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VELCADE® (bortezomib) Findings Reinforce Efficacy and Survival Across Multiple Patient Populations


Preliminary phase II re-treatment results and two new analyses from phase III VISTA presented at ASH annual meeting

Beerse, Belgium . – Janssen-Cilag today announced preliminary results from a prospective, international, multicenter, open-label, phase II study showing re-treatment with VELCADE® (bortezomib) is an effective and well-tolerated treatment option for patients with relapsed multiple myeloma (MM) who had previously responded to VELCADE-based treatment. The patient response after re-treatment was similar when VELCADE was used alone or in combination with dexamethasone. These data were presented in San Francisco, CA at the 50th American Society of Hematology (ASH) Annual Meeting & Exposition.

The data demonstrate how VELCADE can play a role throughout the treatment sequence, which is especially important since relapsed MM patients often build a resistance to therapy. After a treatment-free interval, response to VELCADE is shown to be high and follows an established safety profile.

The primary objective of the study was to determine the best response to VELCADE re-treatment in patients with relapsed MM. Among the study patients, the best response to previous VELCADE treatment was complete response (CR) in 34 patients (27 percent) and partial response (PR) in 94 patients (73 percent). Re-treatment with VELCADE alone or in combination with dexamethasone resulted in 60 percent overall response rate (ORR) including 34 percent CR by single best urine M-protein analysis. The safety profile of VELCADE during re-treatment was consistent with that seen in phase II and III studies in patients with relapsed MM.i,ii,iii

In addition, results from two new follow-up analyses of the VISTA (VELCADE as Initial Standard Therapy in Multiple Myeloma: Assessment with Melphalan and Prednisone) Phase III clinical trial were presented at the ASH meeting. An analysis of the three-year survival rate (median follow up of 25.9 months) reinforces the statistically significant survival benefit for the VELCADE arm, which had been seen in earlier analyses. The VELCADE melphalan-prednisone (VMP) arm had at three-year survival rate of 72 percent versus 59 percent in the melphalan-prednisone (MP) arm. The other analysis demonstrates VELCADE efficacy in patients with renal impairment showing a reversal of renal impairment in a significant number of patients.


VELCADE is the first proteasome inhibitor to receive worldwide regulatory approval for the treatment of multiple myeloma (MM). In 2005, VELCADE was approved in the European Union for MM after first relapse and has now received a positive opinion from the CHMP recommending approval for VELCADE in combination with melphalan and prednisone for the treatment of patients with previously untreated MM who are not eligible for high-dose chemotherapy with bone marrow transplant.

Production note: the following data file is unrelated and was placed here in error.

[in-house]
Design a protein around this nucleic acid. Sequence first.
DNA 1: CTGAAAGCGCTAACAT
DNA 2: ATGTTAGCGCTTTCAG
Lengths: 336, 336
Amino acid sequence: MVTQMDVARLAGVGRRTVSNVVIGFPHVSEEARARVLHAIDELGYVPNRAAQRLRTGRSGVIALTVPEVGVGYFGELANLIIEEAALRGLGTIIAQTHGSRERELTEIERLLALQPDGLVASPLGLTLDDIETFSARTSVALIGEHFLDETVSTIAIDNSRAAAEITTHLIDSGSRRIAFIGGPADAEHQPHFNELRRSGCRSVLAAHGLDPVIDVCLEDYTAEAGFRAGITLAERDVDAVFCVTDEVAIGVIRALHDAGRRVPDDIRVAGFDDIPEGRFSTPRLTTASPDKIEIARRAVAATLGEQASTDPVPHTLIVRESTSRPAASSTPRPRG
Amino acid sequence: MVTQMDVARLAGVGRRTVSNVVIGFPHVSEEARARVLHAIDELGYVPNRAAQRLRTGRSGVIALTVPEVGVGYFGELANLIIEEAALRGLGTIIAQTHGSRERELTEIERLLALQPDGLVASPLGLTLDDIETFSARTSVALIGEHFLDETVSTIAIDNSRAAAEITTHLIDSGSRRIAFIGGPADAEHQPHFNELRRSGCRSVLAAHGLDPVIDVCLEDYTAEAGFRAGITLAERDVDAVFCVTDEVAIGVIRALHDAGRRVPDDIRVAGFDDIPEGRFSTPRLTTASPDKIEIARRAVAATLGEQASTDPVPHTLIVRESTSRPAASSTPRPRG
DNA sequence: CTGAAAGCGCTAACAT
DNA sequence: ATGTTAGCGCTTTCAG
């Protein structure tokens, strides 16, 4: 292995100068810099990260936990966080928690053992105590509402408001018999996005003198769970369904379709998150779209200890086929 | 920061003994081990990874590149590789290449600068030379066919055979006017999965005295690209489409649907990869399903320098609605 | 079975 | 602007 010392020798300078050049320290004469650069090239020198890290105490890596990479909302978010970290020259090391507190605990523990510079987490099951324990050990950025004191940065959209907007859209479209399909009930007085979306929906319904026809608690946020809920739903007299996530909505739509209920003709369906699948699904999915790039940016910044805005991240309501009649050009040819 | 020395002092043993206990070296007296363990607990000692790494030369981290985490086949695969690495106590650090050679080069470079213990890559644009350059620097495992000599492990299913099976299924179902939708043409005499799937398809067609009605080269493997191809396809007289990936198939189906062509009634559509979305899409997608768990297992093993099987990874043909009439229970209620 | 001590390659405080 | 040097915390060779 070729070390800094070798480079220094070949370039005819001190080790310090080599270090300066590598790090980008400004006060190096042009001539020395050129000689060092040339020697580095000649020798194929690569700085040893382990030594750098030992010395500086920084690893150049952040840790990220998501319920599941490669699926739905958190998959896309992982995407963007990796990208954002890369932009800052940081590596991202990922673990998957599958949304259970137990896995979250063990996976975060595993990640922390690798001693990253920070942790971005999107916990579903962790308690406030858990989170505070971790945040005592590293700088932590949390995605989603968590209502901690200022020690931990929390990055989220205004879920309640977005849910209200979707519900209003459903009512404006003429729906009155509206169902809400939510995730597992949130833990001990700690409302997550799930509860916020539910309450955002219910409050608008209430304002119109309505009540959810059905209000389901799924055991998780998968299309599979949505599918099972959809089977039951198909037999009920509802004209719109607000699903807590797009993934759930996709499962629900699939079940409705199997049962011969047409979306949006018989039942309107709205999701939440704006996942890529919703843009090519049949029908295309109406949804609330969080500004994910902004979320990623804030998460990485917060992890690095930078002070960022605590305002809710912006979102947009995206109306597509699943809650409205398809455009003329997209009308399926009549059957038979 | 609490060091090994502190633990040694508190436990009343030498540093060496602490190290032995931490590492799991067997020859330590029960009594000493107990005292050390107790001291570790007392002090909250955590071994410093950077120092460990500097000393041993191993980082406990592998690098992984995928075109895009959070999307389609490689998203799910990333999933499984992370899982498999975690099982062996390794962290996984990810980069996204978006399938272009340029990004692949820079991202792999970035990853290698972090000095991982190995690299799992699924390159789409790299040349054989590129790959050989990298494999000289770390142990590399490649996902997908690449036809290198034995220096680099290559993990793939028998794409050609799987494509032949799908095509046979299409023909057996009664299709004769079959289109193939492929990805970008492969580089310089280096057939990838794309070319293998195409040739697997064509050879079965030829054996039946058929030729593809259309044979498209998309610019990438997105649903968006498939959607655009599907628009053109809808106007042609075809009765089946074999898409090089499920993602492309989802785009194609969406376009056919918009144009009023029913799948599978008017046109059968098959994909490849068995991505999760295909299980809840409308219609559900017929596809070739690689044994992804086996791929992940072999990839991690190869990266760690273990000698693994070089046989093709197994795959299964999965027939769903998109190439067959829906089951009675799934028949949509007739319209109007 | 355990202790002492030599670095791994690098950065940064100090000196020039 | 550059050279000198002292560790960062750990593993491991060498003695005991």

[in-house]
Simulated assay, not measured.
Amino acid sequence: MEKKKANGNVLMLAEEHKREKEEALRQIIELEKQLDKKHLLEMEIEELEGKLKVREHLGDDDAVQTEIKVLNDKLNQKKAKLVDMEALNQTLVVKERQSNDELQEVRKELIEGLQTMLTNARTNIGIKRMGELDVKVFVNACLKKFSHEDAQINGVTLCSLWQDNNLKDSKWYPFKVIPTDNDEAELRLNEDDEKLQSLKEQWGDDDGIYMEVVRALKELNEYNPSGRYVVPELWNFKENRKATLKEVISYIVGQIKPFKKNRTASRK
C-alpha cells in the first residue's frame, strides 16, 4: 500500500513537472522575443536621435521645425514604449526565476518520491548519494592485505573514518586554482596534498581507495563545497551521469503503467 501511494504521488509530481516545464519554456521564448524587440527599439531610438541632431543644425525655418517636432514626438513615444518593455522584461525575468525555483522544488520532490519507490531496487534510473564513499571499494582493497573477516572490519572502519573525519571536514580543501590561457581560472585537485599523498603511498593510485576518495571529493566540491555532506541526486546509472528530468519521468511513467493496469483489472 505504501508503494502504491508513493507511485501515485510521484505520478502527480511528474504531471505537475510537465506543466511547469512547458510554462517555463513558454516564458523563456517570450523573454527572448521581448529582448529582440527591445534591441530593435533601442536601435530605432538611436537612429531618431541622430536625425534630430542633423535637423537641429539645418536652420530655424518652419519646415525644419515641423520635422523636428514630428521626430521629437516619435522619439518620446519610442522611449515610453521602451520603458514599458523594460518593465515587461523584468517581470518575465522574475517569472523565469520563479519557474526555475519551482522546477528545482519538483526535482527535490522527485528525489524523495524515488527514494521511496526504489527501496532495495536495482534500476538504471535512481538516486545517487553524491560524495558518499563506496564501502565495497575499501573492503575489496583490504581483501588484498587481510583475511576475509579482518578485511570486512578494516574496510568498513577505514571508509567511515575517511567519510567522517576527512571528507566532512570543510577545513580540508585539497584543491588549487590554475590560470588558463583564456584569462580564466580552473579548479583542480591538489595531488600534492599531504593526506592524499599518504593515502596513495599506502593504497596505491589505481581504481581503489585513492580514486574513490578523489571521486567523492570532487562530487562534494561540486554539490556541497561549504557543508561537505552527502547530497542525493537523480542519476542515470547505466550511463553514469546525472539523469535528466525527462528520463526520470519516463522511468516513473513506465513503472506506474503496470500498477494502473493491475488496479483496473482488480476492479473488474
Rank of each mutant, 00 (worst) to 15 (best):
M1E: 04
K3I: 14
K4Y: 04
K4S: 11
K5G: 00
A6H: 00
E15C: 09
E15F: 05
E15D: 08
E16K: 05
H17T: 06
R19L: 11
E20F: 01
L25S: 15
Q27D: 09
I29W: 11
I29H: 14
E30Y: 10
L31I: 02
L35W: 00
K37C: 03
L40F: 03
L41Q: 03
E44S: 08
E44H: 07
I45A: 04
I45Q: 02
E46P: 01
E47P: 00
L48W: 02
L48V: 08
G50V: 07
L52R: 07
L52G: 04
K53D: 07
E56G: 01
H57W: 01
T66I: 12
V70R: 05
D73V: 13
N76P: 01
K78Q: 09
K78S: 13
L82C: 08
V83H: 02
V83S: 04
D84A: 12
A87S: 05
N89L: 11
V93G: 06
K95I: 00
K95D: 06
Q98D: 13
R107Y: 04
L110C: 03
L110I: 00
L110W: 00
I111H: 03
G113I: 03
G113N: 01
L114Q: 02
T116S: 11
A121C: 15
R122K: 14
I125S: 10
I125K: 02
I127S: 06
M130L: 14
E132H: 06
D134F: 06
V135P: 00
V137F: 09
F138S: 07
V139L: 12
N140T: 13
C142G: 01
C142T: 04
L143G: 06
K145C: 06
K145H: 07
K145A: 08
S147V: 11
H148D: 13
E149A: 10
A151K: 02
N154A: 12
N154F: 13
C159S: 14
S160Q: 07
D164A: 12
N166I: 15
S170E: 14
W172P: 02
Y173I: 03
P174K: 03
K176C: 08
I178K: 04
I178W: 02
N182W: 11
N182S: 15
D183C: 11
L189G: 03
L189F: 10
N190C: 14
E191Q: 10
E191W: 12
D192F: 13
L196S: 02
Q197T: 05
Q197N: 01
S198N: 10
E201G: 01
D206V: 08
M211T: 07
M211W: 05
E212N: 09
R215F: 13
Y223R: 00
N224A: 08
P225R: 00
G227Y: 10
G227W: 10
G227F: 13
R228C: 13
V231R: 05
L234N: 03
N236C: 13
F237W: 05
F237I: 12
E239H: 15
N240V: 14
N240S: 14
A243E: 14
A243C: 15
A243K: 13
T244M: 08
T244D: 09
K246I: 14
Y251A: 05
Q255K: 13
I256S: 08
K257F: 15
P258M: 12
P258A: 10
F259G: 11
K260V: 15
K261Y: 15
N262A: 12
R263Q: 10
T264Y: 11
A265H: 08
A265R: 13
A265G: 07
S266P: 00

Clinical trials are underway to investigate the potential of VELCADE in additional settings and in combination with other anti-cancer drugs to enhance treatment effects or reverse resistance.

VELCADE has a predictable safety profile and a favourable benefit-risk ratio. The most common side effects reported with VELCADE include fatigue, gastrointestinal adverse events, transient thrombocytopenia and neuropathy, which is reversible in the majority of patients.

VELCADE is the market leader in treating relapsed multiple myeloma with over 100,000 patients treated worldwide. VELCADE is being co-developed by Johnson & Johnson Pharmaceutical Research & Development, L.L.C. (J&JPRD) and Millennium: The Takeda Oncology Company. Millennium is responsible for commercialisation of VELCADE in the U.S. Janssen-Cilag companies are responsible for commercialisation in Europe and the rest of the world. Janssen Pharmaceutical K.K. is responsible for commercialisation in Japan.

The Janssen-Cilag companies have a long and successful track record in developing and marketing treatments for a wide variety of conditions such as cancer, HIV, pain management, multiple myeloma, gastroenterological disorders, epilepsy, Alzheimer’s disease, schizophrenia, acute bipolar mania, behavioural psychological symptoms of dementia, disruptive behaviour disorders and autism. More information can be found at


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